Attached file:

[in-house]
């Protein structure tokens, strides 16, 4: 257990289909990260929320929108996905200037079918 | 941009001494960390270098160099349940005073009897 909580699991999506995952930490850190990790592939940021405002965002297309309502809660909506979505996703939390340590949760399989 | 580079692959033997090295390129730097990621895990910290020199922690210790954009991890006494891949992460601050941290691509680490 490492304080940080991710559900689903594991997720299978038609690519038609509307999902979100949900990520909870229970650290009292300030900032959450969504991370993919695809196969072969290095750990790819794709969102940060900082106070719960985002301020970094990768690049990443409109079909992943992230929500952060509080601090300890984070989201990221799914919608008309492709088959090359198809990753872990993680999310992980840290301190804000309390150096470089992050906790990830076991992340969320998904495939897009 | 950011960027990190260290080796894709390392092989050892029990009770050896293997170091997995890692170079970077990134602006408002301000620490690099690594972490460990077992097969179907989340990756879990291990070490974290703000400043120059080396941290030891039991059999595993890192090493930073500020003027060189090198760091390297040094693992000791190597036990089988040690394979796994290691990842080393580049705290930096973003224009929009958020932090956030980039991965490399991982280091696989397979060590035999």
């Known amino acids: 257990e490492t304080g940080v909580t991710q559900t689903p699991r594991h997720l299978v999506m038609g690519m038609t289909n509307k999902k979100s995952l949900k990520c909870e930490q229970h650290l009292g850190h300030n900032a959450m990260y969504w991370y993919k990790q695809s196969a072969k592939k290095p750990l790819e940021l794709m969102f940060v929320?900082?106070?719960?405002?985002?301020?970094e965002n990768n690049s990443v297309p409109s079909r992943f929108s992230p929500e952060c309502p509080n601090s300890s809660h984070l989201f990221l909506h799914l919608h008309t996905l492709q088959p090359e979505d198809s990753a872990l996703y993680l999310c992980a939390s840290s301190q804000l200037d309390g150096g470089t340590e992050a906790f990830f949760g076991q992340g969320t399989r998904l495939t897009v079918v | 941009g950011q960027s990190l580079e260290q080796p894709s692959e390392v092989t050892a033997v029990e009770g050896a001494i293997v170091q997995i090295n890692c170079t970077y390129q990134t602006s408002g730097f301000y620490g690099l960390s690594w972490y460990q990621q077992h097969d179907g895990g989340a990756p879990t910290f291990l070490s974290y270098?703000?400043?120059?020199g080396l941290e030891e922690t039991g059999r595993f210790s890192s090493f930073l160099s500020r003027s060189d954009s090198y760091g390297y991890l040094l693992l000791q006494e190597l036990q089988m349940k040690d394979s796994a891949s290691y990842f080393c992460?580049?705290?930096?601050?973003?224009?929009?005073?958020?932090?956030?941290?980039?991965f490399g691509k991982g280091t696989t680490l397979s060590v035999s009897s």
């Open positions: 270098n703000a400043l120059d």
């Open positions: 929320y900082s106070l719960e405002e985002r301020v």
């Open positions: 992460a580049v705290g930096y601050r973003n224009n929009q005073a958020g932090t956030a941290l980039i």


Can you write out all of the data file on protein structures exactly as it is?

[in-house]
């Protein structure tokens, strides 16, 4: 257990289909990260929320929108996905200037079918 | 941009001494960390270098160099349940005073009897 909580699991999506995952930490850190990790592939940021405002965002297309309502809660909506979505996703939390340590949760399989 | 580079692959033997090295390129730097990621895990910290020199922690210790954009991890006494891949992460601050941290691509680490 490492304080940080991710559900689903594991997720299978038609690519038609509307999902979100949900990520909870229970650290009292300030900032959450969504991370993919695809196969072969290095750990790819794709969102940060900082106070719960985002301020970094990768690049990443409109079909992943992230929500952060509080601090300890984070989201990221799914919608008309492709088959090359198809990753872990993680999310992980840290301190804000309390150096470089992050906790990830076991992340969320998904495939897009 | 950011960027990190260290080796894709390392092989050892029990009770050896293997170091997995890692170079970077990134602006408002301000620490690099690594972490460990077992097969179907989340990756879990291990070490974290703000400043120059080396941290030891039991059999595993890192090493930073500020003027060189090198760091390297040094693992000791190597036990089988040690394979796994290691990842080393580049705290930096973003224009929009958020932090956030980039991965490399991982280091696989397979060590035999």
């Known amino acids: 257990e490492t304080g940080v909580t991710q559900t689903p699991r594991h997720l299978v999506m038609g690519m038609t289909n509307k999902k979100s995952l949900k990520c909870e930490q229970h650290l009292g850190h300030n900032a959450m990260y969504w991370y993919k990790q695809s196969a072969k592939k290095p750990l790819e940021l794709m969102f940060v929320?900082?106070?719960?405002?985002?301020?970094e965002n990768n690049s990443v297309p409109s079909r992943f929108s992230p929500e952060c309502p509080n601090s300890s809660h984070l989201f990221l909506h799914l919608h008309t996905l492709q088959p090359e979505d198809s990753a872990l996703y993680l999310c992980a939390s840290s301190q804000l200037d309390g150096g470089t340590e992050a906790f990830f949760g076991q992340g969320t399989r998904l495939t897009v079918v | 941009g950011q960027s990190l580079e260290q080796p894709s692959e390392v092989t050892a033997v029990e009770g050896a001494i293997v170091q997995i090295n890692c170079t970077y390129q990134t602006s408002g730097f301000y620490g690099l960390s690594w972490y460990q990621q077992h097969d179907g895990g989340a990756p879990t910290f291990l070490s974290y270098?703000?400043?120059?020199g080396l941290e030891e922690t039991g059999r595993f210790s890192s090493f930073l160099s500020r003027s060189d954009s090198y760091g390297y991890l040094l693992l000791q006494e190597l036990q089988m349940k040690d394979s796994a891949s290691y990842f080393c992460?580049?705290?930096?601050?973003?224009?929009?005073?958020?932090?956030?941290?980039?991965f490399g691509k991982g280091t696989t680490l397979s060590v035999s009897s």
């Open positions: 270098n703000a400043l120059d």
């Open positions: 929320y900082s106070l719960e405002e985002r301020v």
């Open positions: 992460a580049v705290g930096y601050r973003n224009n929009q005073a958020g932090t956030a941290l980039i």